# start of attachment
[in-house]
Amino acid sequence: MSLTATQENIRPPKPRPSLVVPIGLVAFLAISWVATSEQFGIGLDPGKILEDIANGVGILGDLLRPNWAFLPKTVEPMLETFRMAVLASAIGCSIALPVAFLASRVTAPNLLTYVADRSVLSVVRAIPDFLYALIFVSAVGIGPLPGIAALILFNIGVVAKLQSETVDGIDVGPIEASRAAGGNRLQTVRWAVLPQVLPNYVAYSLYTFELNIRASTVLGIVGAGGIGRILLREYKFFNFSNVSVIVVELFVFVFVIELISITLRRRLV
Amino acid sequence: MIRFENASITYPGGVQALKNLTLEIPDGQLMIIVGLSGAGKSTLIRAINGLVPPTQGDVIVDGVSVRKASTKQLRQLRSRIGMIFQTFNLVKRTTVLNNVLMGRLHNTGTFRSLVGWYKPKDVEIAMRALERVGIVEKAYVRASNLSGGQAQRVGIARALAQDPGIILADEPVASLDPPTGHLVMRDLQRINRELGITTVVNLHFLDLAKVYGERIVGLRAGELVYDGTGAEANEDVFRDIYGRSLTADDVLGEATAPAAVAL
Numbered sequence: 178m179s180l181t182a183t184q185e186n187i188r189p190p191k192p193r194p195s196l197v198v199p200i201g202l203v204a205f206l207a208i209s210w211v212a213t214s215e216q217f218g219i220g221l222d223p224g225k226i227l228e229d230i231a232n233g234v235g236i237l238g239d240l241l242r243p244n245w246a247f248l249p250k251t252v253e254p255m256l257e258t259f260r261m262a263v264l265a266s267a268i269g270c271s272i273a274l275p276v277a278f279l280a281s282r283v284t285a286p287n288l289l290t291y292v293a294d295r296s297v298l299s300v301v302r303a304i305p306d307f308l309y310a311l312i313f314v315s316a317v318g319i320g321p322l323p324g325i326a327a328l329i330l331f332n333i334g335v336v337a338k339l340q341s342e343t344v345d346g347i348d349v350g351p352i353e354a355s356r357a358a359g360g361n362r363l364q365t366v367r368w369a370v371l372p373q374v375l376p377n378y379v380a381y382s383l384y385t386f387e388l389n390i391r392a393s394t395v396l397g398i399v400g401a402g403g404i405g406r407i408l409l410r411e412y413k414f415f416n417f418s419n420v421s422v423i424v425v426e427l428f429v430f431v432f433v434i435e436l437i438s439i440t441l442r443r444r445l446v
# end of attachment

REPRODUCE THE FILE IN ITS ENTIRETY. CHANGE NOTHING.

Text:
[in-house]
Amino acid sequence: MSLTATQENIRPPKPRPSLVVPIGLVAFLAISWVATSEQFGIGLDPGKILEDIANGVGILGDLLRPNWAFLPKTVEPMLETFRMAVLASAIGCSIALPVAFLASRVTAPNLLTYVADRSVLSVVRAIPDFLYALIFVSAVGIGPLPGIAALILFNIGVVAKLQSETVDGIDVGPIEASRAAGGNRLQTVRWAVLPQVLPNYVAYSLYTFELNIRASTVLGIVGAGGIGRILLREYKFFNFSNVSVIVVELFVFVFVIELISITLRRRLV
Amino acid sequence: MIRFENASITYPGGVQALKNLTLEIPDGQLMIIVGLSGAGKSTLIRAINGLVPPTQGDVIVDGVSVRKASTKQLRQLRSRIGMIFQTFNLVKRTTVLNNVLMGRLHNTGTFRSLVGWYKPKDVEIAMRALERVGIVEKAYVRASNLSGGQAQRVGIARALAQDPGIILADEPVASLDPPTGHLVMRDLQRINRELGITTVVNLHFLDLAKVYGERIVGLRAGELVYDGTGAEANEDVFRDIYGRSLTADDVLGEATAPAAVAL
Numbered sequence: 178m179s180l181t182a183t184q185e186n187i188r189p190p191k192p193r194p195s196l197v198v199p200i201g202l203v204a205f206l207a208i209s210w211v212a213t214s215e216q217f218g219i220g221l222d223p224g225k226i227l228e229d230i231a232n233g234v235g236i237l238g239d240l241l242r243p244n245w246a247f248l249p250k251t252v253e254p255m256l257e258t259f260r261m262a263v264l265a266s267a268i269g270c271s272i273a274l275p276v277a278f279l280a281s282r283v284t285a286p287n288l289l290t291y292v293a294d295r296s297v298l299s300v301v302r303a304i305p306d307f308l309y310a311l312i313f314v315s316a317v318g319i320g321p322l323p324g325i326a327a328l329i330l331f332n333i334g335v336v337a338k339l340q341s342e343t344v345d346g347i348d349v350g351p352i353e354a355s356r357a358a359g360g361n362r363l364q365t366v367r368w369a370v371l372p373q374v375l376p377n378y379v380a381y382s383l384y385t386f387e388l389n390i391r392a393s394t395v396l397g398i399v400g401a402g403g404i405g406r407i408l409l410r411e412y413k414f415f416n417f418s419n420v421s422v423i424v425v426e427l428f429v430f431v432f433v434i435e436l437i438s439i440t441l442r443r444r445l446v